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Friday, March 16
11:00 a.m.–noon
Physical Sciences A, room 107

Using computational models to help make scientific inferences is becoming increasingly commonplace in the physical and engineering sciences. Of key importance is quantifying the uncertainty in such predictions. This is complicated by the fact that the models are never perfect representations of reality. This talk will give a brief overview of some relevant issues from the fields of validation and uncertainty quantification for computational models. The talk will then go on to describe some approaches for assessing uncertainty in model-based predictions. Examples from cosmology and climate will be considered.

Bio Sketch:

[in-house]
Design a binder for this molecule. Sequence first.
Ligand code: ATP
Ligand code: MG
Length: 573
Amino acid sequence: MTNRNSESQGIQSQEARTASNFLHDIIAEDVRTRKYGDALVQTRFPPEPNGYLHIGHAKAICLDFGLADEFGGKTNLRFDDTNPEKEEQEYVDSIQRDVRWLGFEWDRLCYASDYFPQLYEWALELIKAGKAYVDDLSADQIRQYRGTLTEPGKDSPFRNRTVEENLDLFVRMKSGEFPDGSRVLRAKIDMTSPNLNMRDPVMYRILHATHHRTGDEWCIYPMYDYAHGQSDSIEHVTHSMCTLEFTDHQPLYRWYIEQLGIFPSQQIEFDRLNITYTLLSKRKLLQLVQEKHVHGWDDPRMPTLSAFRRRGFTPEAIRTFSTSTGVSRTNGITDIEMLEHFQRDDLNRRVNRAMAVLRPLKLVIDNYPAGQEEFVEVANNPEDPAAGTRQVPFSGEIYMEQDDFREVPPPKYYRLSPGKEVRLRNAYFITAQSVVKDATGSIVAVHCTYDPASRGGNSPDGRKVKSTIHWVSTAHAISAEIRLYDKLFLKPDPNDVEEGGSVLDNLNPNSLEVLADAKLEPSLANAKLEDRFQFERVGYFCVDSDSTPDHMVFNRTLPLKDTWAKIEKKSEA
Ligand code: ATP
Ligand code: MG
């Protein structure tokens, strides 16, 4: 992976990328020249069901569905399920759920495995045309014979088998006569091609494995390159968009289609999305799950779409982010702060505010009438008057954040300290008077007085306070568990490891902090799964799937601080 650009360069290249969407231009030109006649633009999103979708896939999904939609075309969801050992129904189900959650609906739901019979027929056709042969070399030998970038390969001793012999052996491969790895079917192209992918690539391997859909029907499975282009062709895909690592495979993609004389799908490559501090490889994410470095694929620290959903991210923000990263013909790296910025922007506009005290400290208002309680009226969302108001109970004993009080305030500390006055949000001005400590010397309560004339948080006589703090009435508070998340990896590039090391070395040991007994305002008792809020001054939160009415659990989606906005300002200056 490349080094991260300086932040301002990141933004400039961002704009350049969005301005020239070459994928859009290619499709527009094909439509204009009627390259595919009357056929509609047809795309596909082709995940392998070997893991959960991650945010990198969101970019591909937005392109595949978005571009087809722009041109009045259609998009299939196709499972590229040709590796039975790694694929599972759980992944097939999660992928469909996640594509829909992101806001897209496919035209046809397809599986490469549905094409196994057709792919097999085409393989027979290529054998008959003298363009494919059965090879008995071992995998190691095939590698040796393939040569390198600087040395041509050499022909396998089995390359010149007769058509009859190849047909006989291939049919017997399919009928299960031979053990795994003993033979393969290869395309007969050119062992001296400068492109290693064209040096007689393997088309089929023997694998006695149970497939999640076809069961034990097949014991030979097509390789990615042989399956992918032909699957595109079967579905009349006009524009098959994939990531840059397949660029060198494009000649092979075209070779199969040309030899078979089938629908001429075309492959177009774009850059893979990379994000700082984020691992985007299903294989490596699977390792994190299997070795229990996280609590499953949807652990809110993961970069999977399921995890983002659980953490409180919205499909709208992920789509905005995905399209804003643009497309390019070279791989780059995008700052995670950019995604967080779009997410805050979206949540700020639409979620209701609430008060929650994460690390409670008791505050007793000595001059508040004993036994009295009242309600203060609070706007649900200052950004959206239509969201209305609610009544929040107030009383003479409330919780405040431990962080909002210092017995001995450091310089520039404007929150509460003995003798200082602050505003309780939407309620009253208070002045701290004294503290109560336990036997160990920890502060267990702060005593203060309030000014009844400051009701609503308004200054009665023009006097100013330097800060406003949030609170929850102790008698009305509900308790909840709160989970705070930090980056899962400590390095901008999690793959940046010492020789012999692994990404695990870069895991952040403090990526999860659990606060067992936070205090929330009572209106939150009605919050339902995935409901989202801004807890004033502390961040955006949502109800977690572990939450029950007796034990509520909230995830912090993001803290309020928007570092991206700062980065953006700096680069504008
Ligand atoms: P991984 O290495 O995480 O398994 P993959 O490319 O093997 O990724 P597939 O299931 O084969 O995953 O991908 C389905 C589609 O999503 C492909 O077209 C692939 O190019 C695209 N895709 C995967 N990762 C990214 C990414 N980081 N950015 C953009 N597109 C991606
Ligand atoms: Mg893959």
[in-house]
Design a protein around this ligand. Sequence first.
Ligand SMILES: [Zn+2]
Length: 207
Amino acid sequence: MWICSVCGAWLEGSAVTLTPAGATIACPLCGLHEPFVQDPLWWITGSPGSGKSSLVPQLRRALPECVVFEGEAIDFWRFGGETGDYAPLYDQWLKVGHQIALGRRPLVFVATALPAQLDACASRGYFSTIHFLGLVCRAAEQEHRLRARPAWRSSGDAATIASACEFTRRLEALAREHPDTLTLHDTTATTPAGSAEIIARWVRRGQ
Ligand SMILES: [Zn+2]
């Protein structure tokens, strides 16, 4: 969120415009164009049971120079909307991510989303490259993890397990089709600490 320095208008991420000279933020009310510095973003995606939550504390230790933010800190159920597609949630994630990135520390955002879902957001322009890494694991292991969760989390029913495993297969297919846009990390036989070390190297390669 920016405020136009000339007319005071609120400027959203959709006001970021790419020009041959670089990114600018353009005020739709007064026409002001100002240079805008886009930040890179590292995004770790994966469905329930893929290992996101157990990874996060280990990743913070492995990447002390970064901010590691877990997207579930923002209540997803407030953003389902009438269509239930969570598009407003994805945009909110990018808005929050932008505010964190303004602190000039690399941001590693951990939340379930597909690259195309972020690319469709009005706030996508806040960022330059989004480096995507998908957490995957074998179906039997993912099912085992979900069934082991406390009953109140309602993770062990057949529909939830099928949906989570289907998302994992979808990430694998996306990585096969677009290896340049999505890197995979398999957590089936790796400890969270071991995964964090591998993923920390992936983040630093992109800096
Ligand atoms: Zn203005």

Dave Higdon is a member of the Statistical Sciences Group at Los Alamos National Laboratory. He is an expert in Bayesian statistical modeling of environmental and physical systems. He has also led numerous programmatic efforts at LANL in the quantification of margins and uncertainties and uncertainty quantification. His recent research has focused on simulation-aided inference in which physical observations are combined with computer simulation models for prediction and inference. His research interests include space-time modeling; inverse problems in physics, hydrology and tomography; inference based on combining deterministic and stochastic models; multiscale models; parallel processing in posterior exploration; statistical modeling in physical, environmental and biological sciences; Monte Carlo and simulation based methods.

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